4 Steps to Help Your Remodeling Business Become “Cash-Smart”

To be “cash smart,” figure out how much cash you need, know how much you have, collect as much of it as possible and spend it prudently.

January 31, 2009

 



Bruce Case

Contributing Editor

We all know we are in a challenging economy. But how long will it last? How much cash do we need to squirrel away to get through it? My suggestion is to save as much as possible without sacrificing the long term vision or mission of your business. To be “cash smart,” start with these four steps: figure out how much cash you need, know how much you have, collect as much of it as possible and spend it prudently. Sounds simple but I can assure you that it is not easy.

Cash outflows for a typical remodeling business include payroll, job cost payables (subcontractors and suppliers) and overhead. Use these cash outflows to determine how much cash you need. First, figure out how much cash your business spends on a weekly basis. We alternate payroll and payable weeks and find that payroll weeks are heavier cash weeks. Second, know which of your cash outflows are variable and which are fixed because you'll have to be ready to cover fixed outflows regardless of the size of your business (i.e. rent, interest expense, etc.). The good news is that most of your cash outflows are likely relatively variable — you have the ability to reduce or increase them as your business changes (i.e. payroll, subcontractors, suppliers, etc.). Third, use this historical information combined with your forward-looking business plan to develop weekly cash collection projections for the business as well as for each of your team members. If the weekly cash collection projection is not realistic, revisit your forward-looking business plan and adjust your variable expenses in the plan as well as in real life until the projections are realistic.

Knowing how much cash you have sounds easy — just look at your bank statement. Wrong. Most of us get paid before we experience the costs to execute the contract. As a result, our bank account typically overstates how much cash we truly have, and understanding this distinction is critical to survival. Start with the cash you have (in the bank, in your jeans, etc.) and subtract unpaid bills from subcontractors and suppliers for work they have done. Also subtract “overbillings” on your percentage of completion report (also known as the work in progress or WIP report). Overbillings is cash a client has paid you but which you have not yet earned. For instance, when you sell a project, you might get a 15 percent deposit (say it's $15,000), but in truth you do not “earn” that cash until you have completed 15 percent of the project. As a result, that deposit represents overbillings of $15,000. It's cash that is not truly yours but that is in your bank account.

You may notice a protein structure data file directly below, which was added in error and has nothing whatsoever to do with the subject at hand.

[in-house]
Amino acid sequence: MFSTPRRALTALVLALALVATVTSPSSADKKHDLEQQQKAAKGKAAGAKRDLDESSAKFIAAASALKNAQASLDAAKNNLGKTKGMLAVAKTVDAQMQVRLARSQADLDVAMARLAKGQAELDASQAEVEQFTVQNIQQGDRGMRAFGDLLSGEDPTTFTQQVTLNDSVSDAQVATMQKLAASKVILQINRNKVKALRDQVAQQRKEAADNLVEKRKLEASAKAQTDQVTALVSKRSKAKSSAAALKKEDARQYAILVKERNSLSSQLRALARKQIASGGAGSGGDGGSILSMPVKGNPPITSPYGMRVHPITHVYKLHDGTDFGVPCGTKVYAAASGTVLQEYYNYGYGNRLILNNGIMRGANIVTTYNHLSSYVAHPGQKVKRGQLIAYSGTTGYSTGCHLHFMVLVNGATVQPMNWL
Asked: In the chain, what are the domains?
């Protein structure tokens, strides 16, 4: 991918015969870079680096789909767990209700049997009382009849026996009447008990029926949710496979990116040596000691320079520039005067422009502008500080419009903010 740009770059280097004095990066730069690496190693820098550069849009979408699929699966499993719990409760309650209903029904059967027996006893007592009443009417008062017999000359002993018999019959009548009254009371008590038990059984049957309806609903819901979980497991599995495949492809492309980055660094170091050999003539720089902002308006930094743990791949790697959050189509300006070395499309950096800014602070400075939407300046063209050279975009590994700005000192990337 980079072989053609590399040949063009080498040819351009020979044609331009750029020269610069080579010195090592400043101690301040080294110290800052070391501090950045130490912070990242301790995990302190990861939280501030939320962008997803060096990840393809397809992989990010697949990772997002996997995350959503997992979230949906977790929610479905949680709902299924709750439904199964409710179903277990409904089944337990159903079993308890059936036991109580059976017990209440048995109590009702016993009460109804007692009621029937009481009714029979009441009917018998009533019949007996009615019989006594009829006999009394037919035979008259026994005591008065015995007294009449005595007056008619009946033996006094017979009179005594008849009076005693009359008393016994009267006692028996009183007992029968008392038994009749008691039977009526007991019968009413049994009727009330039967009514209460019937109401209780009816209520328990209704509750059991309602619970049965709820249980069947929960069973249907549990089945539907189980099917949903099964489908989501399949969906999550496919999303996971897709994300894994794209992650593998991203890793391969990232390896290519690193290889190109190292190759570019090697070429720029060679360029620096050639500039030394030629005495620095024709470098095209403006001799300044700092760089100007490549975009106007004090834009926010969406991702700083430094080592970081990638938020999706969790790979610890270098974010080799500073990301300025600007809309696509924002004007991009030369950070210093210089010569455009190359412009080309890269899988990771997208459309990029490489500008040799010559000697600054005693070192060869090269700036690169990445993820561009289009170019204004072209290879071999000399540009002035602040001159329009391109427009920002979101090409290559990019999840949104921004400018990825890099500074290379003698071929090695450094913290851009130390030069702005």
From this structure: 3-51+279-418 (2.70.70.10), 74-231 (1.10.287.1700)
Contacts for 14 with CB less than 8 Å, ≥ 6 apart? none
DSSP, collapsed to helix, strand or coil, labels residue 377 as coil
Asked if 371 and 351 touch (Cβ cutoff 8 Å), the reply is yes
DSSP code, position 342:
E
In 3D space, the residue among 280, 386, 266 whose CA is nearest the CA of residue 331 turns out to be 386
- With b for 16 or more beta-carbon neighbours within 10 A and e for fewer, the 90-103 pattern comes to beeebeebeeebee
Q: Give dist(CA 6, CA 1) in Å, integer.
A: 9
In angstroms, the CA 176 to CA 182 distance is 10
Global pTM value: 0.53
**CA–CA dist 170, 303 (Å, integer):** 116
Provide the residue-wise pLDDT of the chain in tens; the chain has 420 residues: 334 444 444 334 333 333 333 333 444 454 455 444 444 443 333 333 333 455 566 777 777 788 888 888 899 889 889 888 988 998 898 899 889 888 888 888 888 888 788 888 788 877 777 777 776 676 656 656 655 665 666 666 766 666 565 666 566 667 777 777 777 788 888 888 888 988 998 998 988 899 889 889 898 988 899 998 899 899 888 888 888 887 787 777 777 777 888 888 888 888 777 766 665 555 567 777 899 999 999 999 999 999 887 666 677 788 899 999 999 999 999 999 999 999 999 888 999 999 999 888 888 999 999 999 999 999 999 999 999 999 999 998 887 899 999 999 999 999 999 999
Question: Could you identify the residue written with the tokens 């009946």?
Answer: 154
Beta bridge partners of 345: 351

Collecting cash is a team sport. When the project is initially put together, the draw schedule should relate to the timing of outgoing cash on the project, and each draw should be due “upon start of…” When the project is underway, give clients advanced warning of upcoming draws so that you can collect payments timely. Finally, everyone on your team should know how much they need to collect every week in addition to the overall business need. If you do this, it will give you a way to motivate, to monitor and to support your team as effectively as possible.

Now that you know how much cash you need, how much cash you have and you have collected as much of it as possible, hold on to it as best you can. Evaluate every dollar going out and make sure it is adding value to your business. If it isn't, cut it — if it is, don't cut it. Just be sure to judge “value” from short, middle and long-term perspectives. Try to avoid cutting so close to the bone that you jeopardize long term ventures. The bad news is that you likely have to sell and produce $2.50 for every $1 you spend in overhead. The good news is that for every $1 you cut in overhead, you can afford to sell and produce $2.50 less.

In 2009 cash is king. Sounds cold next to family, friends, faith, health, hunting, fishing and our craft — but without cash all of these other, more soulful elements suffer. Embrace cash because you owe it to yourself, to your family, to your team, to your clients and to your business.

Give your input and continue the dialogue on Bruce's blog at www.housingzone.com/brucecase.


Author Information
Bruce Case is chief operating officer of both Case Design/Remodeling, Inc. and Case's national franchise organization Case Handyman & Remodeling. He can be reached at bcase@casedesign.com.

About the Author


Overlay Init